A more diverse cropping landscape would mean viable farms, healthier diets and a steadier food system.
FROM where I sit on the north end of America’s grain belt, I can almost hear the corn popping to the south of me. The drought threatens to drive up global corn prices beyond their level in 2007-8, when food demonstrations broke out around the world. But such crises often lead to change — and transformation is what is needed to make our food system less vulnerable.
We have become dangerously focused on corn in the Midwest (and soybeans, with which it is cultivated in rotation). This limited diversity of crops restricts our diets, degrades our soils and increases our vulnerability to droughts. Farmers in the central plains used to grow a greater diversity of food and forage crops, including oats, hay, alfalfa and sorghum. But they gradually opted to grow more and more corn thanks to federal agricultural subsidies and expanding markets for corn in animal feed, corn syrup and ethanol.
The virtue of corn is that it is one of the most productive crops on the planet, a characteristic that has been greatly amplified by years of research and development. Over time, this cheap and plentiful commodity found more uses and worked its way into more countries.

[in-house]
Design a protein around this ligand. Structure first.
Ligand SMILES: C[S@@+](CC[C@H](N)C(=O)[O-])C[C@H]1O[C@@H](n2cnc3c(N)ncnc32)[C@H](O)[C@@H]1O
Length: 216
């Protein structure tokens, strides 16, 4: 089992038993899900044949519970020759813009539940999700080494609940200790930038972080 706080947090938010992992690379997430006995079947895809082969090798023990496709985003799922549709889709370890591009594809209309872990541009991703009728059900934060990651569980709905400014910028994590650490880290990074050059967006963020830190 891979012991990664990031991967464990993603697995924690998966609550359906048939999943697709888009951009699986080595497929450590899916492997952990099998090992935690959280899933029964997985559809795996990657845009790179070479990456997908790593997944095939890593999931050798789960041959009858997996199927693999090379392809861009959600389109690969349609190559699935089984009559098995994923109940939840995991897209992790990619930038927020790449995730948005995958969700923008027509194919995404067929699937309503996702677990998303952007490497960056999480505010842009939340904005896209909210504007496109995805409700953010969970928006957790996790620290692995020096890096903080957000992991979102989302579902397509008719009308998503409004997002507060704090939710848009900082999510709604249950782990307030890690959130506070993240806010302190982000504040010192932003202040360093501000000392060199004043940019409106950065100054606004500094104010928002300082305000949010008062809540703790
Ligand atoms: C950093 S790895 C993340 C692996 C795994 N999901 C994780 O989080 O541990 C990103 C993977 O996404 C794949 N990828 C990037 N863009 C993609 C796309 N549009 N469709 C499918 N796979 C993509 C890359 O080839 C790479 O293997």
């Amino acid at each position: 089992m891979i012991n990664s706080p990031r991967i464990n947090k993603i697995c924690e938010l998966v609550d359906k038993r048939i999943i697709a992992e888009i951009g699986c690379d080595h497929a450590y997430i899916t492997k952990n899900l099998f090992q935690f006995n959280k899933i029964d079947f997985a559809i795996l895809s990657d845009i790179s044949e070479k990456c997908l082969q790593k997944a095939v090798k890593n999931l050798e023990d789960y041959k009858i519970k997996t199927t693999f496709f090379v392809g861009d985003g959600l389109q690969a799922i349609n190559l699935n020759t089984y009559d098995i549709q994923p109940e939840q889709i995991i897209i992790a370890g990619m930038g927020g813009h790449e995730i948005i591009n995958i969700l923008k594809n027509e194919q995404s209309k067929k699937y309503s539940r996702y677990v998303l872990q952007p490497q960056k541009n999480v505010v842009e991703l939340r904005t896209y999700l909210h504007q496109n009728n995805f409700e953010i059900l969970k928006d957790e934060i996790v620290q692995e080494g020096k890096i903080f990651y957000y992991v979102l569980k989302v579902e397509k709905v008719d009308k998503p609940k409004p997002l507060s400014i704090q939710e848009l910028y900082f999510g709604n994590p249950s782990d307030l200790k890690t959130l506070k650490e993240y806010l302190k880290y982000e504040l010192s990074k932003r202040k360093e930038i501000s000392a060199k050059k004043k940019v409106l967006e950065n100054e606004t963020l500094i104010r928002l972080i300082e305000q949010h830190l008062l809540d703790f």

Cheap corn enabled the proliferation of high fructose corn syrup, an ingredient that is almost impossible to avoid in the American diet today. Farmers also produced less fodder for their own animals as they increasingly purchased relatively inexpensive corn-based feeds. When the cheap price of corn alone could not open up new opportunities, government policies and quotas encouraged the development of corn-based ethanol production and markets, to the point where 40 percent of the corn crop is now devoted to this use.
America’s corn surpluses also drove global market prices so low that many countries found it cheaper to import grain rather than grow their own.
Corn’s weakness is that it is highly susceptible to drought. As an open pollinator, corn has a critical seven-day window (which varies across the Corn Belt depending on planting time) when it really needs sufficient rainfall in order to successfully cross-fertilize with other corn plants. Given this summer’s drought, the worst since the 1950s, it is not surprising that the corn crop has taken a beating. Most estimates suggest that only about a quarter of the crop is in good condition.
The problem is not so much the drought but our over-reliance on this single crop.
via New York Times - WILLIAM G. MOSELEY
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